In fact I started my speech at the Eluha Thamil Rally saying I am pointing out the state of affairs in the Northern Province hitherto kept closed in the hearts of our people for fear of the wrath of the Government and its Forces.
To that extent we must thank the President and the Prime Minister for ushering in democracy which has helped us to discuss our plight and predicament openly. When we say our plight we are branded communalists and racists.
Demonstrations such as the recent ones help them to flush out their fractured feelings. It is sympathy and empathy that should flow from the hearts of our Sinhalese brethren. I am not harming the so called Reconciliation process. I am trying to retrieve it.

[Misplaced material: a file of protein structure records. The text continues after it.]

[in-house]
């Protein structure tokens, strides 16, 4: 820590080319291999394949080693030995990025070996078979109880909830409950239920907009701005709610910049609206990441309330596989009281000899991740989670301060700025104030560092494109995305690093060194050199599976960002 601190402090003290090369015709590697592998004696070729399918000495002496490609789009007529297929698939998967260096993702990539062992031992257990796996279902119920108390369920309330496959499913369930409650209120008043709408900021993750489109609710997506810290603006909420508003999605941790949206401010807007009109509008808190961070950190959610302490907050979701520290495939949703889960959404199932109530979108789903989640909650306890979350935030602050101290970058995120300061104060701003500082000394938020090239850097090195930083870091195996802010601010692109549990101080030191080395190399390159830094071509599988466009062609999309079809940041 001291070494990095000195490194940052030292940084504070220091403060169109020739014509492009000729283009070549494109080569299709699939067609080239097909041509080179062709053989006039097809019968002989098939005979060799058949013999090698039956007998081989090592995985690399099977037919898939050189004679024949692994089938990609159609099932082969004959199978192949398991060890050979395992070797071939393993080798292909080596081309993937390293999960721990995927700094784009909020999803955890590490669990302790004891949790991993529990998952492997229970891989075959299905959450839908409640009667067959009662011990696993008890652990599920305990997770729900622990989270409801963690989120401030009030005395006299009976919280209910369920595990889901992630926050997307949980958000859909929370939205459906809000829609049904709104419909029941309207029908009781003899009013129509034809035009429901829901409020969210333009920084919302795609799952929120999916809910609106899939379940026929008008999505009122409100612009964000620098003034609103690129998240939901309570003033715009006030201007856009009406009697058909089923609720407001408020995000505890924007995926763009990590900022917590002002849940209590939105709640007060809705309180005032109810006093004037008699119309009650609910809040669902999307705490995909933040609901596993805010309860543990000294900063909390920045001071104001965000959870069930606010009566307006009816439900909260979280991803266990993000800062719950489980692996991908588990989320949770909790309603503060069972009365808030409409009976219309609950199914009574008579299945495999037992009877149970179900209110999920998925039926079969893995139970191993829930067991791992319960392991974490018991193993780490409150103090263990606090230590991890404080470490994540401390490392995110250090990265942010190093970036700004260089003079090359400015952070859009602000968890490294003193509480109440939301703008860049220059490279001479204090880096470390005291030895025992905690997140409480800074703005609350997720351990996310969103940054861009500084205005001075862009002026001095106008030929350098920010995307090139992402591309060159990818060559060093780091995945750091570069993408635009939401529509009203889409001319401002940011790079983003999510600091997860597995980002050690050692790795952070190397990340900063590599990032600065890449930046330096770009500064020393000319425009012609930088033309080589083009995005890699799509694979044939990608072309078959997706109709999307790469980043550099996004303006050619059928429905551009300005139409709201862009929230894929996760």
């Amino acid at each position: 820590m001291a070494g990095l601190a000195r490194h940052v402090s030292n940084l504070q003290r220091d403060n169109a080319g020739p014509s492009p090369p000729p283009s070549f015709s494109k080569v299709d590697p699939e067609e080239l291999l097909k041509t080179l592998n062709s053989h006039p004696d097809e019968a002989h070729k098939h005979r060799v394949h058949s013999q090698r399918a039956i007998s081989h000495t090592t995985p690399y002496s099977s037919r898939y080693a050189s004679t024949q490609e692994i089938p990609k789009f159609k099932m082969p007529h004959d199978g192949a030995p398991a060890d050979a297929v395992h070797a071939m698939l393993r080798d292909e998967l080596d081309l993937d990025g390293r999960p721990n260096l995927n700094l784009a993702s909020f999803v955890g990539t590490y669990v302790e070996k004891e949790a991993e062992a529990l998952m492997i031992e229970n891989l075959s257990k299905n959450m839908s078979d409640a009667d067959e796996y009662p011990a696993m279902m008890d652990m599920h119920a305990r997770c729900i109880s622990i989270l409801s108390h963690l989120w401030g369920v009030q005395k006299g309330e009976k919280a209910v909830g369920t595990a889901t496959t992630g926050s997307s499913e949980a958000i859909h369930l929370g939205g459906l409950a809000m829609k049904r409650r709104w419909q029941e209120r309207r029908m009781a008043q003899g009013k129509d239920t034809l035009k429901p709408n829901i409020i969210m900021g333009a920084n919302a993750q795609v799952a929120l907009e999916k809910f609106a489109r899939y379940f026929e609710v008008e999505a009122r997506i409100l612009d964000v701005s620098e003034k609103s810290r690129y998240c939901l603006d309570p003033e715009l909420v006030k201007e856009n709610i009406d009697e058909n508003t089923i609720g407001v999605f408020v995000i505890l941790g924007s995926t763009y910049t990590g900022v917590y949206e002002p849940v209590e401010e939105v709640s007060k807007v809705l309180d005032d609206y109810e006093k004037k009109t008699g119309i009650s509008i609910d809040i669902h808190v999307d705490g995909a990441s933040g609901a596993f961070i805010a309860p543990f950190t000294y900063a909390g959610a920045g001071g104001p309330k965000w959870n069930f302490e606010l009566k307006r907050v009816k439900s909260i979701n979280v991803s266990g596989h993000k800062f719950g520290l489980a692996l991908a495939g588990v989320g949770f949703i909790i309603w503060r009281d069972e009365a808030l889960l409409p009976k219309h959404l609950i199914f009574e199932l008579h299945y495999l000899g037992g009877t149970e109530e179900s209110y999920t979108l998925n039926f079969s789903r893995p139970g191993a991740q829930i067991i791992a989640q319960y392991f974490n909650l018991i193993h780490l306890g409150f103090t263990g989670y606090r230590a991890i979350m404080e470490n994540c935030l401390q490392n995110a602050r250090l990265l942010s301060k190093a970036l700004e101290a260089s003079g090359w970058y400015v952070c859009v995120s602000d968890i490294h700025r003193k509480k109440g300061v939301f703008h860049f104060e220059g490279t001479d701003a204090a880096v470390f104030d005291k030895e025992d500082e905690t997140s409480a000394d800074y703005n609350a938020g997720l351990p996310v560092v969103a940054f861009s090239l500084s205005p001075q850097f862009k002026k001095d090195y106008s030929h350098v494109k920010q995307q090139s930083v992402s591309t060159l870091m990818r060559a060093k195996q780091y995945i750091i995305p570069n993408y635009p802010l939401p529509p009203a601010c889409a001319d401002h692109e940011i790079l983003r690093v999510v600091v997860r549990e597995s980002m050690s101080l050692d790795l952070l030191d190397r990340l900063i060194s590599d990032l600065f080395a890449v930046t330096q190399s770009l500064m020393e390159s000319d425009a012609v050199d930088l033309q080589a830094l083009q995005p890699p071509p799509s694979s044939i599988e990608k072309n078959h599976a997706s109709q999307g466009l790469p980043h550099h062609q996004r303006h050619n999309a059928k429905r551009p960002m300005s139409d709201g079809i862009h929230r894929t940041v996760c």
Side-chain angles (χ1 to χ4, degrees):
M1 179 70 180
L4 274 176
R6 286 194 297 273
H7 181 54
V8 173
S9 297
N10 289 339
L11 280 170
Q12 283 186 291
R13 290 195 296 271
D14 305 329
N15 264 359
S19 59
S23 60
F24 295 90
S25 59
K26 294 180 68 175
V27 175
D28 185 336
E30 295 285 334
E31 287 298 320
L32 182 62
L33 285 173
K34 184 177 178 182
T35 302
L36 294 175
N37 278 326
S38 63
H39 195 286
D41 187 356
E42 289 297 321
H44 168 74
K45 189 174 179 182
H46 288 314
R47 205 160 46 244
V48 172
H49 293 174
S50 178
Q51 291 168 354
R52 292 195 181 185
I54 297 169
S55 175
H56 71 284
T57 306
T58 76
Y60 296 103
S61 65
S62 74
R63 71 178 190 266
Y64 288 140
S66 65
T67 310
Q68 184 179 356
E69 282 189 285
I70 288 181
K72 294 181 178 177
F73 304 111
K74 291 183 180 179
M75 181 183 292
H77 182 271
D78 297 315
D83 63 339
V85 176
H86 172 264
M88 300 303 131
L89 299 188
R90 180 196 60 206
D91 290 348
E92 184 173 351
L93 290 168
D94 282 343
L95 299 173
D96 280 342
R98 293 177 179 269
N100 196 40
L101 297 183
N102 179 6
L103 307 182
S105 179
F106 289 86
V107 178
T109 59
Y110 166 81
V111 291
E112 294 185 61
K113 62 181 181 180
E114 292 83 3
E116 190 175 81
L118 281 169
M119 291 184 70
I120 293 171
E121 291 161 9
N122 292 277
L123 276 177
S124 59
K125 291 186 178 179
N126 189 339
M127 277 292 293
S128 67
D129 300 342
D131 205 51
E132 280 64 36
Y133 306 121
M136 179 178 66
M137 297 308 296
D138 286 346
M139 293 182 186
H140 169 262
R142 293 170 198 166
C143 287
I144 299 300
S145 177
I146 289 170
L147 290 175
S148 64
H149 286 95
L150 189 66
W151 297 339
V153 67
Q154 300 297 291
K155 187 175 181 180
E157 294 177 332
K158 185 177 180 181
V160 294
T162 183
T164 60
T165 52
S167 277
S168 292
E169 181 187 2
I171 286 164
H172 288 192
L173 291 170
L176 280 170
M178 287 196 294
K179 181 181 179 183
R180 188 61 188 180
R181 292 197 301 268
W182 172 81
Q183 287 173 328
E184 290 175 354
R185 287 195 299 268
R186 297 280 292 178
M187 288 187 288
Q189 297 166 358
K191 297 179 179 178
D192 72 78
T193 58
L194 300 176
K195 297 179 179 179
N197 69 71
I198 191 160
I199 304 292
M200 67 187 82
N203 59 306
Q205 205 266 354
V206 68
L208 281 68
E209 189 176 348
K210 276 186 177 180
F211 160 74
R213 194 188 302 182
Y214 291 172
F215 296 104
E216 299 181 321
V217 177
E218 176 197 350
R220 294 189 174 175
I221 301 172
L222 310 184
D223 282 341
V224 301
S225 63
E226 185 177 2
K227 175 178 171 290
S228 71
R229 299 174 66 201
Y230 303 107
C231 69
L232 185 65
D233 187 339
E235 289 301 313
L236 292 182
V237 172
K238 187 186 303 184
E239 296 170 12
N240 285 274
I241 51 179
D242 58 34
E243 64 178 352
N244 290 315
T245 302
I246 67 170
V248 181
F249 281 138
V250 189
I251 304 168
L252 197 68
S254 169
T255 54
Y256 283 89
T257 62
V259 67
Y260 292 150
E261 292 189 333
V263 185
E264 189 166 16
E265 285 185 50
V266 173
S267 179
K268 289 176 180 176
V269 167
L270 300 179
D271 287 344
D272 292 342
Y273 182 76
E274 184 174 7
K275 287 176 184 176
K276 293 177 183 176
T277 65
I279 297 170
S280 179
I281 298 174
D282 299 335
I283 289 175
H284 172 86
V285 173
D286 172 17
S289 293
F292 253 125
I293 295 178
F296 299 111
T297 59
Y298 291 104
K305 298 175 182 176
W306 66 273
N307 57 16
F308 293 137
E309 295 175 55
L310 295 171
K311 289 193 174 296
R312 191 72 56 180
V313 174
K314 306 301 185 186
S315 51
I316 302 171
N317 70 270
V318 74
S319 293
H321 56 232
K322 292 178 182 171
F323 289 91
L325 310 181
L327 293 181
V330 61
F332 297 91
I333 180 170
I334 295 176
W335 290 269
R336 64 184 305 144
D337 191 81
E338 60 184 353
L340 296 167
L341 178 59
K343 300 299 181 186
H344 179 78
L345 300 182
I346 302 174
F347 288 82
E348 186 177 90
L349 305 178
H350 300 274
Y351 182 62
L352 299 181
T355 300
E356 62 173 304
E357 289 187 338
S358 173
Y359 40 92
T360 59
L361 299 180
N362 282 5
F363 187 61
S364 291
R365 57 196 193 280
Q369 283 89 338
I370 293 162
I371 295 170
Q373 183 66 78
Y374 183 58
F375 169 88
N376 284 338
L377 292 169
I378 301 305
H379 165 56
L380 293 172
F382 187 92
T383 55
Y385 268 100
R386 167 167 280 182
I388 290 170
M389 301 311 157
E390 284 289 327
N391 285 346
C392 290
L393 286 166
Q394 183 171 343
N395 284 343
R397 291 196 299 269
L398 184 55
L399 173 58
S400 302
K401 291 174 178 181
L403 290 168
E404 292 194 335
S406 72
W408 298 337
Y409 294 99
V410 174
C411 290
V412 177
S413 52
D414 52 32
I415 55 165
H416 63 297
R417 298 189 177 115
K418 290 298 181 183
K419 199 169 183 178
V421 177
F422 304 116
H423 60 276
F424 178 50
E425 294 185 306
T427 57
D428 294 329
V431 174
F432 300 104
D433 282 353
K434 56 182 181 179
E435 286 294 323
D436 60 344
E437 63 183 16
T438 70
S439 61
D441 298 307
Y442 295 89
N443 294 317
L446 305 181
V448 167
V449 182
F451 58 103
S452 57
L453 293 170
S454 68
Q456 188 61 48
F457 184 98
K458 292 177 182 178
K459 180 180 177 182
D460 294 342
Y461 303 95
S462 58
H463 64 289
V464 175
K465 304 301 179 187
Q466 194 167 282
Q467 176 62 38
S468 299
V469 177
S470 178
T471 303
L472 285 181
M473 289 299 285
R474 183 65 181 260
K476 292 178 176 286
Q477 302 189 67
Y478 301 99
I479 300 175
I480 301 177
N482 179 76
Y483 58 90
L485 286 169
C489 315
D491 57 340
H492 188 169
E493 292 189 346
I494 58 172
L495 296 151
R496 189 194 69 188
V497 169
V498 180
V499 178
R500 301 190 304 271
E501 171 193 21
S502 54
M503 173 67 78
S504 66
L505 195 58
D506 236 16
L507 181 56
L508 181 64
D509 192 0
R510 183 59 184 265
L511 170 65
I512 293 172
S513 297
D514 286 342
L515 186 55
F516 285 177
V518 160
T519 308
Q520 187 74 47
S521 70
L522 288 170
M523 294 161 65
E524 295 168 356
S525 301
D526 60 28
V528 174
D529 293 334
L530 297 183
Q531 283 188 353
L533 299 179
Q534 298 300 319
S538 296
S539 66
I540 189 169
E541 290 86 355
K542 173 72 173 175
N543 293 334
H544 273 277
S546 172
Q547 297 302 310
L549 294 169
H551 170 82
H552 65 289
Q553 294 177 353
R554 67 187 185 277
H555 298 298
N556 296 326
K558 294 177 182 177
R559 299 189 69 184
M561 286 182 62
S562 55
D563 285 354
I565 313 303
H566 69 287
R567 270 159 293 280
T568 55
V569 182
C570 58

Q: Do you have a big support base for your ongoing campaign?
That you should gauge by the numbers who attended it. Almost all parties attended it. Even the Illangai Thamil Arasu Katchi did not oppose the demonstration and some senior members attended the rally. Some of them only queried why now? Our answer was, Why not now? If the new constitution does not adequately attend to our concerns, plight and predicament to give long term solutions to them, when will we ever have a chance to articulate our doubts and feelings? At least now the world knows our concerns. The enlightened among the Sinhalese know it too.